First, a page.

It would be some change in 'normal' for john.  Most of john right now is 
very specific formats. phpass handles 'all' formats (i.e. $H$, $P$, $H$9, 
$H$7, .. or any other valid 'loop count'), and I think there is a MD5 that 
does multi (like apache and mdac ???)   But most formats are very specific. 
This would be a common use md5 suite, with certain 'formats' optimized, but 
able to handle many arbitary types.

I think a lot of the complex logic, and 'overhead', will be done at load up 
time, and once the program starts in a crack() mode, it will fall right back 
into processing just like is done today.

I guess time will tell, because I need to get some of the other 85% 
completed things done, and get time for this, lol

The 'language' I can see is:

Functions that take a string input.  Output is the md5 in low-base16, 
UPPER-base16 or 'common' base-64

Replacement params:

$p  passhash (lower case-16)
$P  passhash (UPPER case-16)
$p64 passhash (base-64)

The passhash will be the last X bytes of the string following the proper 
closing ) from the language signature.

Salt.  It is the first bytes following the closing ) of the sig.   QUESTION. 
Could there be multiple 'different salts' ?  If so, and if we are to 
support, then we need some way to say salt 1, salt 2, and which bytes make 
up this salt.  If we are NOT handling multiple salts, then I think a simple 
$s is sufficiently and will handle variable length salts, as the length of 
the salt can be computed from the length of the hash string.

operator .
append 2 strings  So $p.$s  if p=12345 and s=aazzz would be the string 

So, md5(md5($p.$s.md5(md5($p.$s)).$p)) is perfectly valid, and if some 
package used this, and the user uses a password of GOOSE with a salt xyzzy,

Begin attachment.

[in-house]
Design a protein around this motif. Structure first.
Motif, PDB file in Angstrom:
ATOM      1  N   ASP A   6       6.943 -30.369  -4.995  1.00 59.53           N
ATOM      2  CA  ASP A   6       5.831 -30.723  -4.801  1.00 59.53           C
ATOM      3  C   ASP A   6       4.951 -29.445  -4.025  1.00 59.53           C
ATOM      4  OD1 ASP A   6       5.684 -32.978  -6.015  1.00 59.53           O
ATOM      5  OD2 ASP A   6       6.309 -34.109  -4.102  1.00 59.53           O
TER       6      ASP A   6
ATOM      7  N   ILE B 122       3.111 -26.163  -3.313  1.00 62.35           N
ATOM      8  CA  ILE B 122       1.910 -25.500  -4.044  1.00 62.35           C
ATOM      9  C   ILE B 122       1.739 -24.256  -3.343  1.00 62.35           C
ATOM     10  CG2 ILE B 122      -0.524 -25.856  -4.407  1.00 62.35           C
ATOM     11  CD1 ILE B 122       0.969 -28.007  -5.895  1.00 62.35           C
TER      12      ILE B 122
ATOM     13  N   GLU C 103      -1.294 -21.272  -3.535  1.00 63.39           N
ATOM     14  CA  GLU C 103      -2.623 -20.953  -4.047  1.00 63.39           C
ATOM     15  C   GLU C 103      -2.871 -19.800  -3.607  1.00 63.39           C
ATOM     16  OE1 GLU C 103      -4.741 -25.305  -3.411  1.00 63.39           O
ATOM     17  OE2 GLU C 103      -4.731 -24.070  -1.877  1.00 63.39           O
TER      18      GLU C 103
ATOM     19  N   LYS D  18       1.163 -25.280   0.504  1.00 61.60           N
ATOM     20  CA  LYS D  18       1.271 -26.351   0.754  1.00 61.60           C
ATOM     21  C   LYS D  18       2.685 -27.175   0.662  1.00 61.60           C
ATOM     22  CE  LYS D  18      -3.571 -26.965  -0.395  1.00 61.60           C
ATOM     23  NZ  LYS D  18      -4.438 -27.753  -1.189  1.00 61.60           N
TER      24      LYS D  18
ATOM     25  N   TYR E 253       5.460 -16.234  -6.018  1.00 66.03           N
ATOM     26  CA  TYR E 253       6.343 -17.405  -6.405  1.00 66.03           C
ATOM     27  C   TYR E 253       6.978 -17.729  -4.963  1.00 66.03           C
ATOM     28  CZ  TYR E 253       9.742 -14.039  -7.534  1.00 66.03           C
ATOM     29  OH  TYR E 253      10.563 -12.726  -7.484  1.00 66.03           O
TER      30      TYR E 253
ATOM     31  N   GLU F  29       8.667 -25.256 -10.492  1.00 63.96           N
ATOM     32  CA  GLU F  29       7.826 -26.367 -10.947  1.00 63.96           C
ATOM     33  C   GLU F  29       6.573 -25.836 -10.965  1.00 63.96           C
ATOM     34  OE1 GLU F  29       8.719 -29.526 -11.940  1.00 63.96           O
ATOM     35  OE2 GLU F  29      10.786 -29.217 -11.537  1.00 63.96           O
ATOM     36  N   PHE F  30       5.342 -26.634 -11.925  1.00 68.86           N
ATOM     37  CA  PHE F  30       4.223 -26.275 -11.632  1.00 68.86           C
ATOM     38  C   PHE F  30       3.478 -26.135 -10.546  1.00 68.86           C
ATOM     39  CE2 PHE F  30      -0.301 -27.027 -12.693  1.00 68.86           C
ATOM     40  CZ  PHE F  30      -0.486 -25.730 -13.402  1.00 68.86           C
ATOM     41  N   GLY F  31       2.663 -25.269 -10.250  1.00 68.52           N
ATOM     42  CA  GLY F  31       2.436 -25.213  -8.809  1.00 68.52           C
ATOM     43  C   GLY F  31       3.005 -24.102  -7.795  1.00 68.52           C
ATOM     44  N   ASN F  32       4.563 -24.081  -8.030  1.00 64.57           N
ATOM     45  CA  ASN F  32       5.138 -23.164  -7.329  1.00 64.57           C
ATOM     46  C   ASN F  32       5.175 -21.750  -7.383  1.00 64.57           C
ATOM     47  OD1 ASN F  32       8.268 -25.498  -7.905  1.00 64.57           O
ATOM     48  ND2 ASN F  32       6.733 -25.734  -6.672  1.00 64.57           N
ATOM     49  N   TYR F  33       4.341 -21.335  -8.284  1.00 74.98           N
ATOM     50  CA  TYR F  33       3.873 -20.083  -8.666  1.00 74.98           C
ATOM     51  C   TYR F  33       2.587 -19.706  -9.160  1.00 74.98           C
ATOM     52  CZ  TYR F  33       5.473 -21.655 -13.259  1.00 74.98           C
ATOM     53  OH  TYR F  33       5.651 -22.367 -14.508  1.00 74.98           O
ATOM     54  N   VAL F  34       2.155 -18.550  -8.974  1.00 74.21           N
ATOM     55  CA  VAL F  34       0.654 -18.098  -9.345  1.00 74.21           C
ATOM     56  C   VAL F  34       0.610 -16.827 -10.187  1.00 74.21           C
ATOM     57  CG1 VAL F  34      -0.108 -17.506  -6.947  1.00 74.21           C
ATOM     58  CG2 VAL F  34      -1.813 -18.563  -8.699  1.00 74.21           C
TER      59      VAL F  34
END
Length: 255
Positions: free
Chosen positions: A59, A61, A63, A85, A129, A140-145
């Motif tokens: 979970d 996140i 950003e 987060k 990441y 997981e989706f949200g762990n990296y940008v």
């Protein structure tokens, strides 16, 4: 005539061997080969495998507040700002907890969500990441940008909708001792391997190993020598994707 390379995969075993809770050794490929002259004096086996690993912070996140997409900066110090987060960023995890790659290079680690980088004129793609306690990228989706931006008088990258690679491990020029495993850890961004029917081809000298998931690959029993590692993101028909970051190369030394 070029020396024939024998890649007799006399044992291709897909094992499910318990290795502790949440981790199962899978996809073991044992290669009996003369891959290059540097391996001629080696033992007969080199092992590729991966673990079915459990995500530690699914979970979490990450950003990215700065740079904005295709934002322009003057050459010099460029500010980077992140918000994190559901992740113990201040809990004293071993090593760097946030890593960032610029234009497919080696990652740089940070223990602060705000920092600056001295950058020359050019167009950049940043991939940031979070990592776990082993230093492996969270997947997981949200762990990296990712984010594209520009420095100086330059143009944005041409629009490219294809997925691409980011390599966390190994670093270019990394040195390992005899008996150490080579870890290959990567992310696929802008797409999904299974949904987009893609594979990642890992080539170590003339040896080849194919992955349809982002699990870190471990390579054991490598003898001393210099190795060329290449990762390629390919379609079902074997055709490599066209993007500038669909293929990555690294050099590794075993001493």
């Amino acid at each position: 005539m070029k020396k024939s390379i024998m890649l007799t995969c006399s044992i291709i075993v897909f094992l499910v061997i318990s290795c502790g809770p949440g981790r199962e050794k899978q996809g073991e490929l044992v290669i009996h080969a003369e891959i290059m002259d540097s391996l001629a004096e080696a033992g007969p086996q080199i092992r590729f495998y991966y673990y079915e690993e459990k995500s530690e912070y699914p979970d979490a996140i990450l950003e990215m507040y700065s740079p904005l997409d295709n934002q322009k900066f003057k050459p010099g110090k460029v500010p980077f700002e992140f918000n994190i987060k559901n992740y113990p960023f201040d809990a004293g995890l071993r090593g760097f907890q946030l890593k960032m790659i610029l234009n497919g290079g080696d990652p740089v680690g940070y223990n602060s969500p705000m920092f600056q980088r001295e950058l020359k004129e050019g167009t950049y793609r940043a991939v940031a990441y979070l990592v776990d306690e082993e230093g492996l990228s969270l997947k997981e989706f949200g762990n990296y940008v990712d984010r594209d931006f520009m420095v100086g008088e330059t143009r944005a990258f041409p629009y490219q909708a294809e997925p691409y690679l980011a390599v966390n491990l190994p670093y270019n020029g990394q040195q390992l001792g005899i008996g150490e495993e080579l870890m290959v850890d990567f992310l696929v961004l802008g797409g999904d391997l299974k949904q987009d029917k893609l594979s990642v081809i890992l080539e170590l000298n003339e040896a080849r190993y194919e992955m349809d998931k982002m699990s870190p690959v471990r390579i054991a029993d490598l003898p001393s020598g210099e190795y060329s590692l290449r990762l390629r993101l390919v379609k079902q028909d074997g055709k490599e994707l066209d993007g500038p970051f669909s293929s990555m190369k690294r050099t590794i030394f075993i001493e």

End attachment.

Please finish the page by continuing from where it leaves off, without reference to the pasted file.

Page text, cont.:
is a valid an 'usable' hash, since:
md5(GOOSExyzzy) = b8b6979216ac86ff2381c2989c51bf09
md5(b8b6979216ac86ff2381c2989c51bf09) = 8ec530dae739ef3368429bd6fd9b2c81
md5(GOOSExyzzy8ec530dae739ef3368429bd6fd9b2c81GOOSE) = 
md5(e8d8350f26ae3606ced30f620fa3c1f6) = e9fd8e197adaf04ad191080be668a421

*** Now some other 'possible' language parts:  ***

User ID.  Some salts use this. I am not sure we have this information 
available, but it 'might' be very useful.  If this is something we need, and 
can get, then $u should be there.

operator ^
string xor.  Not sure if people would write a hash like this, but they 

quoted string (quotes 'could' be any charaters, and would not be part of the 
string added).

operator ^^NUM
Power.  Thus md5(md5($p.$s))^^2048  would be phpass for $H$9's.  Might be 
better (simpler) to be done with something like a md5pow() function and not 
the ^^ operator.  So, if using md5pow, the above would be 
md5pow(md5($p.$s),2048) or md5pow2048(md5($p.$s))

There are probably OTHER language 'things' which could be added.  If people 
know of things which ARE being used, then please post.  If it is something 
which could fit into a VERY simple language structure like this, then now is 
the time to talk it out.